Grinspoon frontman Phil Jamieson and guitarist Pat Davern are sitting in the Sydney HQ of Universal Records, reminiscing about the first time the band toured America on the back of their 1997 debut album, Guide To Better Living. There was the night they played New York's legendary CBGBs, and were so drunk drummer Kristian Hopes fell offstage mid-set. "The whole gig imploded," cackles Davern. "Tim Rogers came to [that] show and was like, 'That was some of the best shit I've ever seen in my life!'"
Then there was the three-month U.S. tour supporting metal heavyweights Anthrax, Life of Agony and Vision of Disorder, in which the band's mode of transport was a cramped Chevy Suburban containing the quartet and all their gear. "We had a lot of disagreements," smiles Jamieson.
The reason for this trawl through time is sitting in a box in an adjacent office: the vinyl pressing of Guide To Better Living, released this month to mark its 20th anniversary (the album is also available as a 49-track CD, including bonus live versions, unreleased songs and rarities). Coinciding with the release is the band's first headlining tour since announcing their hiatus in 2013, which runs from June until September. To mark the occasion, here Jamieson and Davern nominate 10 of the most important songs in Grinspoon's career, which began in earnest when they were Unearthed in Lismore in 1995.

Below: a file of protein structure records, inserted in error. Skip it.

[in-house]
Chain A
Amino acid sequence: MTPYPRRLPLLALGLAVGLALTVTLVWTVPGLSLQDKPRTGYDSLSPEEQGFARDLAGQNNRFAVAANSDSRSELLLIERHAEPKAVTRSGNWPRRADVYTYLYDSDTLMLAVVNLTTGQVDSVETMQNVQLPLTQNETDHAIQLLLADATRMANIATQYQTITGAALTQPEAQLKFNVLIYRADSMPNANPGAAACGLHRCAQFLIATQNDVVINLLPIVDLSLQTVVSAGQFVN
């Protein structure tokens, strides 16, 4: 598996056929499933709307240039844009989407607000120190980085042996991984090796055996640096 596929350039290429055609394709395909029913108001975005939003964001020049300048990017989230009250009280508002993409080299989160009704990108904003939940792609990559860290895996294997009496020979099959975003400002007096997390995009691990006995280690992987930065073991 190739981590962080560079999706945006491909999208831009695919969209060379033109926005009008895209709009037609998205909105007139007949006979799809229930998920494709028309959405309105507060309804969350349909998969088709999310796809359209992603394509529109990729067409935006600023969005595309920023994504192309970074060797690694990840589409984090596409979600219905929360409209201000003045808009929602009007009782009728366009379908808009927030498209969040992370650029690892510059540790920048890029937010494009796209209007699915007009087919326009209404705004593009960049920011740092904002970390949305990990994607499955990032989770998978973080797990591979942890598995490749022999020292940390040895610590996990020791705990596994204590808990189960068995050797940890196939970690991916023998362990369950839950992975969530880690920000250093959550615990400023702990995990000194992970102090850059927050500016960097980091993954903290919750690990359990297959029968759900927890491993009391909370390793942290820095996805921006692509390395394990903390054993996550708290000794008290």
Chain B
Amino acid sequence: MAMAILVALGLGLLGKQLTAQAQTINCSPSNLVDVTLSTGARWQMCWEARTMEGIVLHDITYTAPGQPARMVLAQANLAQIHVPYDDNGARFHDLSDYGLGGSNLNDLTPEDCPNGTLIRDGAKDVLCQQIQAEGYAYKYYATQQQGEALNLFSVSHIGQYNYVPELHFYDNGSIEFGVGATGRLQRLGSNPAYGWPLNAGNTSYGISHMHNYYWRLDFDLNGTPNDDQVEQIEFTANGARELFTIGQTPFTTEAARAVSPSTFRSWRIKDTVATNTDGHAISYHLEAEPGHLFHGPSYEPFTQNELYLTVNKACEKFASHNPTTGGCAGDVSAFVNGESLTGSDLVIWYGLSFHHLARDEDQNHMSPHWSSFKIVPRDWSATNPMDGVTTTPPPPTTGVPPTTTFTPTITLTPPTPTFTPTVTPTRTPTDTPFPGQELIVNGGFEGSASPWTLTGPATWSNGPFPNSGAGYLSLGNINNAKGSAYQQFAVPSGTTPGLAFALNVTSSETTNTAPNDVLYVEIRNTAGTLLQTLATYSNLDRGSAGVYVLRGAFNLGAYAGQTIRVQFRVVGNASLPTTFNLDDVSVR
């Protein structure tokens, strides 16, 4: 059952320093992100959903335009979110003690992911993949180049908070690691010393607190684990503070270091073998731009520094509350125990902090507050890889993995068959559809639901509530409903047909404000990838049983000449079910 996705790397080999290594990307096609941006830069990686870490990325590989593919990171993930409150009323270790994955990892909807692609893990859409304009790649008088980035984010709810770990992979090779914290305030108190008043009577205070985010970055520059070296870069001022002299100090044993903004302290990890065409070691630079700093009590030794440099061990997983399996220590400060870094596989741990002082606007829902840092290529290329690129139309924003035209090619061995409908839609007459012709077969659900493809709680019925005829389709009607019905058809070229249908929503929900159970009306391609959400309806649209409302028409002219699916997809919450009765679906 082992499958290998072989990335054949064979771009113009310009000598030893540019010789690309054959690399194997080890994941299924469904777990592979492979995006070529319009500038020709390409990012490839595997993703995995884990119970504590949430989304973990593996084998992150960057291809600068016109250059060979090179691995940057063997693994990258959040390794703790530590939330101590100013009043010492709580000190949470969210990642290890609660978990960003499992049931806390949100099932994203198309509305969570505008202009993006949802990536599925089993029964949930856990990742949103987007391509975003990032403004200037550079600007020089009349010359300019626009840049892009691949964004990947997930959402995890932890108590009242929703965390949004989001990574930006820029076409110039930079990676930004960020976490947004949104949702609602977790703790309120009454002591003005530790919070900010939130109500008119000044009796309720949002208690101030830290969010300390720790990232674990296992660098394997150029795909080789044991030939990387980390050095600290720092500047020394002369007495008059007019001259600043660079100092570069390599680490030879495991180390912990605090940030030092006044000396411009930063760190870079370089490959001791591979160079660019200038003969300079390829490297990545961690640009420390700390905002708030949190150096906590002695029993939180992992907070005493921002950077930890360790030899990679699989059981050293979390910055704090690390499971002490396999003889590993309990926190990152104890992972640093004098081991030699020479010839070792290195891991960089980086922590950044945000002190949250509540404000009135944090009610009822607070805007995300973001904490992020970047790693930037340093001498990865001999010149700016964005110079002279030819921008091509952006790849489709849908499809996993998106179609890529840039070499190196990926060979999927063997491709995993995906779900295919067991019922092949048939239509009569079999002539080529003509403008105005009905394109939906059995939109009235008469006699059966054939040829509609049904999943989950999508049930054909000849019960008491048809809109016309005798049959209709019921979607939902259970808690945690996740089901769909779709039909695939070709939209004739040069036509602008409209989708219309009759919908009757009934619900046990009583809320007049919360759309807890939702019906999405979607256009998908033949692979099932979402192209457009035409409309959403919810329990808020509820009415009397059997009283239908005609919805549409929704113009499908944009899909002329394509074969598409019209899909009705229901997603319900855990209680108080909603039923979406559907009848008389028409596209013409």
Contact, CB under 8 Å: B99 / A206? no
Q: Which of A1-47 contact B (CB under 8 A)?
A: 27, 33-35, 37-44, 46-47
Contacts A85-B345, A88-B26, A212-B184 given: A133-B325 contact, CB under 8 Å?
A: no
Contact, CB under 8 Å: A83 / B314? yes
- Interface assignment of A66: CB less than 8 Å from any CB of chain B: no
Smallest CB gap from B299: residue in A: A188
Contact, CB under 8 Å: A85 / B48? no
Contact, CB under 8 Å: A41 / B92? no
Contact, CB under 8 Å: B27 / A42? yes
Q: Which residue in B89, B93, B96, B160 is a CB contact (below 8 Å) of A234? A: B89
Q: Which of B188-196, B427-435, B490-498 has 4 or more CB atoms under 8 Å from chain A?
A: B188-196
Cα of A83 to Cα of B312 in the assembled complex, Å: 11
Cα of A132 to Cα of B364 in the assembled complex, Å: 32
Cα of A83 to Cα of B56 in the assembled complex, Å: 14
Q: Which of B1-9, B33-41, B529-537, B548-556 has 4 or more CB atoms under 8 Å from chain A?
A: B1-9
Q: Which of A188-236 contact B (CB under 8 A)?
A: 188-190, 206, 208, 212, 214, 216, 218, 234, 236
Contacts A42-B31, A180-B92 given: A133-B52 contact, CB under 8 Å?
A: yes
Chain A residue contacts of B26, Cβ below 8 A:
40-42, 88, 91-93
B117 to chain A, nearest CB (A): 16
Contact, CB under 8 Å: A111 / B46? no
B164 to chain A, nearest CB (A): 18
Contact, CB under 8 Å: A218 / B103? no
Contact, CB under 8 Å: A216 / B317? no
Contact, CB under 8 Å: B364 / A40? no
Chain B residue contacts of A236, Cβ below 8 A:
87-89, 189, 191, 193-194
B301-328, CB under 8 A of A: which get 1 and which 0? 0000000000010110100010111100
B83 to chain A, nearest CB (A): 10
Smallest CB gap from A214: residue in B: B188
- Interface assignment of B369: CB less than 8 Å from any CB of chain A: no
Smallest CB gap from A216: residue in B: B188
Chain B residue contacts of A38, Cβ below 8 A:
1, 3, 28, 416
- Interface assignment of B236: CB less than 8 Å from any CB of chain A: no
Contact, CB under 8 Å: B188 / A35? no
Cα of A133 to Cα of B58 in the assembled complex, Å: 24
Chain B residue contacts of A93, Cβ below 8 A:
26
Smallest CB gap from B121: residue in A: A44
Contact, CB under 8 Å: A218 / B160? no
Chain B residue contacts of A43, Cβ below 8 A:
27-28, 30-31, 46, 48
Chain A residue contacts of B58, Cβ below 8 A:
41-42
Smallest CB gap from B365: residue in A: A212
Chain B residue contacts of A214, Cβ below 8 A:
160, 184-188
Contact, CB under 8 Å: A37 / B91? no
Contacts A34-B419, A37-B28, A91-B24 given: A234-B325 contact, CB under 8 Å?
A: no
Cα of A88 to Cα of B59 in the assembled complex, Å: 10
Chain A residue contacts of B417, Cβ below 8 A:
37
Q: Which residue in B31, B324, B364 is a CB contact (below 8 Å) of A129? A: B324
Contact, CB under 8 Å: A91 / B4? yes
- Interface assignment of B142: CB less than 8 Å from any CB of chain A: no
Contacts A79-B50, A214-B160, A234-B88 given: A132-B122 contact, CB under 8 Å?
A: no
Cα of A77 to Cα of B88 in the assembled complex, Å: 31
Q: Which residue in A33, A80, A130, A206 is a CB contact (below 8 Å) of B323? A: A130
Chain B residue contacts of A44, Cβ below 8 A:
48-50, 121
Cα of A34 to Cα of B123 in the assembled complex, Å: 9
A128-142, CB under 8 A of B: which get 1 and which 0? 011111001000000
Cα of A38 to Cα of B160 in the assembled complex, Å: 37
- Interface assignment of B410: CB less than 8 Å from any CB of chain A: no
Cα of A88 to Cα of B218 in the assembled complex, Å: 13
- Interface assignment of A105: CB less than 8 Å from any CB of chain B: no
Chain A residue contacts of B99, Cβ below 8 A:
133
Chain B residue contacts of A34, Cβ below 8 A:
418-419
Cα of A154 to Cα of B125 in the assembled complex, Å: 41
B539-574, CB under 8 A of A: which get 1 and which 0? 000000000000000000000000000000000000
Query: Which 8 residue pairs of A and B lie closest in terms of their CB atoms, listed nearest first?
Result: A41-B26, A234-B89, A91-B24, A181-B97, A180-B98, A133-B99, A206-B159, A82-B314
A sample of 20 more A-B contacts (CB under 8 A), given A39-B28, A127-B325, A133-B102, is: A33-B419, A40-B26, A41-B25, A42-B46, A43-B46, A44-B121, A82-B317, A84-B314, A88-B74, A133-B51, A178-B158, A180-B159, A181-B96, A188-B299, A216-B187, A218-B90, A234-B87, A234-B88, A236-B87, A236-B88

Grinspoon's 20th anniversary special edition of 'Guide To Better Living' is set to be released on June 23rd. To coincide with the release, the band will also embark on a national tour, starting June 23rd.
Grinspoon EP, 1995
Phil Jamieson: I was 17 when I wrote this. I started writing it in Pat's back room, and that was the first song we ever really collaborated on, cos Pat wrote the middle-eight. I'm kind of a terrible finisher. I can get great opening lyrics and choruses, but I need glue, and Pat becomes the glue.
Pat Davern: It was amazing [recording our first EP]. Five songs in two days, recorded and mixed. We went to Brisbane, we were sleeping on the floor of the studio or the record company that signed us at the time.
Phil: I think I found some bourbon in the kitchen and that's why I don't remember [much] about that session! The song's about me in a lot of ways, but it's also about [every] kid in regional New South Wales or wherever. It's about me wanting to become more than I am. Challenging myself.
Guide To Better Living, 1997